White House plan offers help to farmers, communities hurt by drought
By Daniel Enoch
© Copyright Agri-Pulse Communications, Inc.
WASHINGTON, June 12, 2015 - The Obama administration today announced new initiatives and investments of more than $110 million to support farmers, ranchers, agricultural workers and rural communities suffering from drought and to combat wildfires in what's forecast to be a busier-than-usual fire season.
As part of the plan the Labor Department will award as much as $18 million to the state of California to fund jobs for workers dislocated by the drought. The money will provide jobs for 1,000 workers for up to 6 months with public and nonprofit agencies working to build drought resilience, reduce wildfire risk and improve water efficiency. Other states that can document drought-impacted job losses will have the option to apply for similar Dislocated Worker Grants, the White House said.
In a fact sheet, the administration noted that a recent University of California-Davis study estimates that California alone has lost an estimated 18,000 jobs because of drought, particularly in the agricultural sector.
Other agriculture-related actions the administration cited include:
--Expansion of a USDA program that allows farmers to exclude their exceptionally bad production years, which are often the result of drought, from the calculation of their crop insurance coverage. This ensures that a bad year or two caused by drought does not significantly reduce their crop insurance coverage. This action will provide an estimated $30 million in additional relief to farmers in Fiscal Year 2016, and $42 million in Fiscal Year 2017. For a separate story on this plan, click here.
--Continuing support for USDA's Livestock Forage Disaster Program, which is expected to provide at least $1.2 billion in assistance to livestock producers in Fiscal Year 2015. The program, made possible by the 2014 farm bill, provides compensation to farmers and ranchers who suffer grazing losses because of drought or fire.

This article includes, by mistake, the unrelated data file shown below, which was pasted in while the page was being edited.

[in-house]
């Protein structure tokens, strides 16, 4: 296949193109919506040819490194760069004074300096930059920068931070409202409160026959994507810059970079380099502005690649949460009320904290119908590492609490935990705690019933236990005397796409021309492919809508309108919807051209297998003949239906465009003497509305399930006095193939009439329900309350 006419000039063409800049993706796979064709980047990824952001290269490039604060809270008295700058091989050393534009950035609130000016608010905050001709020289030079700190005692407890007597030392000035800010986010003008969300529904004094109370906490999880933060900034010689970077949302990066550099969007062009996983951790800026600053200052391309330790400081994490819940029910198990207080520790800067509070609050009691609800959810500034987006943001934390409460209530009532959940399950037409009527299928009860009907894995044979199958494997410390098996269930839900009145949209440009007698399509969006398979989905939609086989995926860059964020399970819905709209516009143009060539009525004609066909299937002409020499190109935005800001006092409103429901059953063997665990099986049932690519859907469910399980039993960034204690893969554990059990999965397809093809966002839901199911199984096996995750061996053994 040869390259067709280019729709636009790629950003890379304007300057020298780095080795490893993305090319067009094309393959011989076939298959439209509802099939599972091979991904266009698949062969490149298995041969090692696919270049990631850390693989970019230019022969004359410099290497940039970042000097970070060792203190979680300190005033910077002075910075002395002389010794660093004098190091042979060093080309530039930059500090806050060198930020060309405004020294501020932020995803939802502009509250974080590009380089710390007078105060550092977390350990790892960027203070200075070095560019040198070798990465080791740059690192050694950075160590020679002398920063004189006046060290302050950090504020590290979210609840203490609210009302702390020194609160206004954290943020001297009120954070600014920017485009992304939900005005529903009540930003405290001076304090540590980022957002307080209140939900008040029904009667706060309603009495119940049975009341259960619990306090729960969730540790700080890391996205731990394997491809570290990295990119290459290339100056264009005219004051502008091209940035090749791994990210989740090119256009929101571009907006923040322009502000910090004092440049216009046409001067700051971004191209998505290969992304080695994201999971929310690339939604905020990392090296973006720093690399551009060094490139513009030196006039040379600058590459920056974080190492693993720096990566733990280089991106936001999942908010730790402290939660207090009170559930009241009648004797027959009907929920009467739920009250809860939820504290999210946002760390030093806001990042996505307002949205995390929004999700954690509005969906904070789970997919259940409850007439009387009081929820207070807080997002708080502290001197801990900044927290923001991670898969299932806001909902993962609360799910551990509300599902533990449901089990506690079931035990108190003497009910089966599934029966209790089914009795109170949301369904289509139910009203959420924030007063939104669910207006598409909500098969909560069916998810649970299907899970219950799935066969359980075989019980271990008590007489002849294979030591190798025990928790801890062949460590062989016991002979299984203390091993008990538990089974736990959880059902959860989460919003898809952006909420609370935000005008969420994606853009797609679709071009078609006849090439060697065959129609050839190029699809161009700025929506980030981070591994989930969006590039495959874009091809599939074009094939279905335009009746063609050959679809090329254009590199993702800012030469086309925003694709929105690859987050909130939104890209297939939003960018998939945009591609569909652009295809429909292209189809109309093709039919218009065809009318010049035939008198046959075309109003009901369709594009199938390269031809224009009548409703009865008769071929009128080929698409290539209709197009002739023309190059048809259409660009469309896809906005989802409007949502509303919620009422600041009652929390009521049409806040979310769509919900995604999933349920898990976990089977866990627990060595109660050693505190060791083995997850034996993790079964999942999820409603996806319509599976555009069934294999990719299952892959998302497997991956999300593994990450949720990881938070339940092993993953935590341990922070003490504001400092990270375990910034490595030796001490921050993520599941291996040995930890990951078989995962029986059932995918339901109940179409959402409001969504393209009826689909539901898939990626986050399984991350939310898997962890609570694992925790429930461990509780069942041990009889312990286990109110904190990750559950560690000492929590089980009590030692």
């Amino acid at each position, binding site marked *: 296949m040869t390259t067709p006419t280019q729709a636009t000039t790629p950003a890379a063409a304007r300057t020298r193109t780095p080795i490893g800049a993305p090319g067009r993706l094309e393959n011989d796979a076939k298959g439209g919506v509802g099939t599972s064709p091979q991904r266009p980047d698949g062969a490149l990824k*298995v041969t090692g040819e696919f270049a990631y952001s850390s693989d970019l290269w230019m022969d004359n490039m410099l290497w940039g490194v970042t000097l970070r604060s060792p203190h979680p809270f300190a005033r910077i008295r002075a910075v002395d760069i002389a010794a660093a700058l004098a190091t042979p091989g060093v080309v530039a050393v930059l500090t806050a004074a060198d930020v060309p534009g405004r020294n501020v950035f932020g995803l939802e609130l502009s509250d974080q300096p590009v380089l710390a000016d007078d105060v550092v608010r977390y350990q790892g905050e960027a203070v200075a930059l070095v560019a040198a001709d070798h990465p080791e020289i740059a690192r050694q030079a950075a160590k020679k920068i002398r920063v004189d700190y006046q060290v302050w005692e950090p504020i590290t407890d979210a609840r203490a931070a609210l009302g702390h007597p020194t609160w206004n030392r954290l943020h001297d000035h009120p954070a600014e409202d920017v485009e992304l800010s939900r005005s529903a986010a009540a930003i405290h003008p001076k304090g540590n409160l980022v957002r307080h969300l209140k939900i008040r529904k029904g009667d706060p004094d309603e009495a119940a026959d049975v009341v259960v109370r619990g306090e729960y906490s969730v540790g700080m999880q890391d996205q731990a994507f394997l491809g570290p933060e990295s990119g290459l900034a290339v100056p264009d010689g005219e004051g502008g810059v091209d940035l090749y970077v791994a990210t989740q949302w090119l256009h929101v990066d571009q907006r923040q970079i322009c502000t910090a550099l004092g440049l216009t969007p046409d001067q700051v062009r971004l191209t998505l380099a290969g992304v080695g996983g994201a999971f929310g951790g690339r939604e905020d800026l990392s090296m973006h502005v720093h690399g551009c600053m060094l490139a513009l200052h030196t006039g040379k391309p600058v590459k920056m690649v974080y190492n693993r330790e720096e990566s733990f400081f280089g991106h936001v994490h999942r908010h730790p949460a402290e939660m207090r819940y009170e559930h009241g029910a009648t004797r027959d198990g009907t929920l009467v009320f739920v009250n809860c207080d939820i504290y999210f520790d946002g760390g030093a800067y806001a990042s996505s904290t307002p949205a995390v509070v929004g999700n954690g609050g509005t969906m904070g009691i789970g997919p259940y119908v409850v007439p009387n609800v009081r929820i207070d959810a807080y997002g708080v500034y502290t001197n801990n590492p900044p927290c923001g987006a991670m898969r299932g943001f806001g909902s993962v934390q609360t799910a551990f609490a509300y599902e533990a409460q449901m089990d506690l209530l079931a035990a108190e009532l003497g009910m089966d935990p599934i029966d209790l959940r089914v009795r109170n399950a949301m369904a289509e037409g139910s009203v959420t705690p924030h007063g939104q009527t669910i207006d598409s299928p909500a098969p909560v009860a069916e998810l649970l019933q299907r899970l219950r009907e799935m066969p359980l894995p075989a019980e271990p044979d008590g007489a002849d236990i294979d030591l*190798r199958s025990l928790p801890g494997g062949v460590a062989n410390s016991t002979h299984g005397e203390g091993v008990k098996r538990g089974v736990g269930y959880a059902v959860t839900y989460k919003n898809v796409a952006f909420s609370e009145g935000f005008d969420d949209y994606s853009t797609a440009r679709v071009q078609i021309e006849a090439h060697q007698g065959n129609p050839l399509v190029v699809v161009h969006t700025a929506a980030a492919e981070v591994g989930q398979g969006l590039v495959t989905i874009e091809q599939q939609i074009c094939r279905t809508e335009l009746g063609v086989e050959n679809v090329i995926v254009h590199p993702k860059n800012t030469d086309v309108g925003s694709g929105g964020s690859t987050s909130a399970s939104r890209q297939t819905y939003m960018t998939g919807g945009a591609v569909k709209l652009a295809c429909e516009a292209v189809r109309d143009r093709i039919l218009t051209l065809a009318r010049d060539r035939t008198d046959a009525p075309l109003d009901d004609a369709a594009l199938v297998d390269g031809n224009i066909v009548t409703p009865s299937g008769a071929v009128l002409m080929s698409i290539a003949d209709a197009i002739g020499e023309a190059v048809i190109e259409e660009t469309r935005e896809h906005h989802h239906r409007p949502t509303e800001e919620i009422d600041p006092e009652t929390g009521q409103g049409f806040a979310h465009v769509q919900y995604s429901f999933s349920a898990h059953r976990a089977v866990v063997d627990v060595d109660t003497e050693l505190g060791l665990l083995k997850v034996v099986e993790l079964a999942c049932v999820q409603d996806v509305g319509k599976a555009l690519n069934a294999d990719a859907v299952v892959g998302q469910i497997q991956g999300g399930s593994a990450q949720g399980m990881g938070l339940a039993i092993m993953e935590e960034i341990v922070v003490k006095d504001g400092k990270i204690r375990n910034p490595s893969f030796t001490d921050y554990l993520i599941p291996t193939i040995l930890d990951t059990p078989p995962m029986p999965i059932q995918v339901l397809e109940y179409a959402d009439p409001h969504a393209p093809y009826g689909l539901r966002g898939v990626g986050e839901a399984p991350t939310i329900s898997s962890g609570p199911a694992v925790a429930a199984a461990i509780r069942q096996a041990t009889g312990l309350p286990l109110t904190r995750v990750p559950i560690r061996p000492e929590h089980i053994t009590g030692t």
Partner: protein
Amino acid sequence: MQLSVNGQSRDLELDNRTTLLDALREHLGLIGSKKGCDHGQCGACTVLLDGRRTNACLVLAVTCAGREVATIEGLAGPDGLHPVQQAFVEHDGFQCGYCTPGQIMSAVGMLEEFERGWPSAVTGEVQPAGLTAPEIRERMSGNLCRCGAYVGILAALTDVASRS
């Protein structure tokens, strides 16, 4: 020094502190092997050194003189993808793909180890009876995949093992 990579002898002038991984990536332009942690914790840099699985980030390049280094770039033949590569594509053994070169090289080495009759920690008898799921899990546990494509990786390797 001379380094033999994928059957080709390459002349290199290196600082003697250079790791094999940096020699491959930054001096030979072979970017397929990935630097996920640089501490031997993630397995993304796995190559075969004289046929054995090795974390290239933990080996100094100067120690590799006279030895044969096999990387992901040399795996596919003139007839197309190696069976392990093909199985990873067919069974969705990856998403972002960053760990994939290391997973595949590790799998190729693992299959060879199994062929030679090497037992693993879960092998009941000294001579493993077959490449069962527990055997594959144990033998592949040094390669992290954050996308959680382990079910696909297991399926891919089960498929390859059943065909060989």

--A commitment by USDA's Food and Nutrition Service to work with faith-based and community groups to help them establish at least 760 summer food service meal sites in drought-impacted communities in California's Central Valley in 2015. The plan is designed to help families hardest hit by the drought.
Earlier Friday, President Obama and a number of his Cabinet officials and governors from several Western states took part in a briefing on drought and wildfire via a video teleconference. Administration officials made a push for a plan the president proposed in his FY 2016 budget that treats suppression of the most severe fire activity the same as the government treats other natural disasters.
The plan, embodied in the Wildfire Disaster Funding Act (H.R. 167), would allow the costs of fighting the few truly catastrophic wildfires that break out every year through an emergency fund. The Forest Service and Interior Department would continue to fund routine firefighting from their regular budgets. Under current procedures, money is set aside in the budget for wildfires at the 10-year average cost. But when costs go beyond that, funds must be borrowed from non-firefighting programs, which has happened in eight of the past 10 years.
The administration also said it will provide $10 million to fund 10 Wildland Fire Resilient Landscapes Projects. Currently in its first year of funding from Congress, selected projects emphasize collaborative landscape-scale planning across multiple jurisdictions in order to lessen the risk from catastrophic wildfire and enhance the protection of critical natural resources and watersheds. The president's FY 2016 budget proposes $30 million for the program to provide multiyear support for such projects and expand the program to new partnerships.
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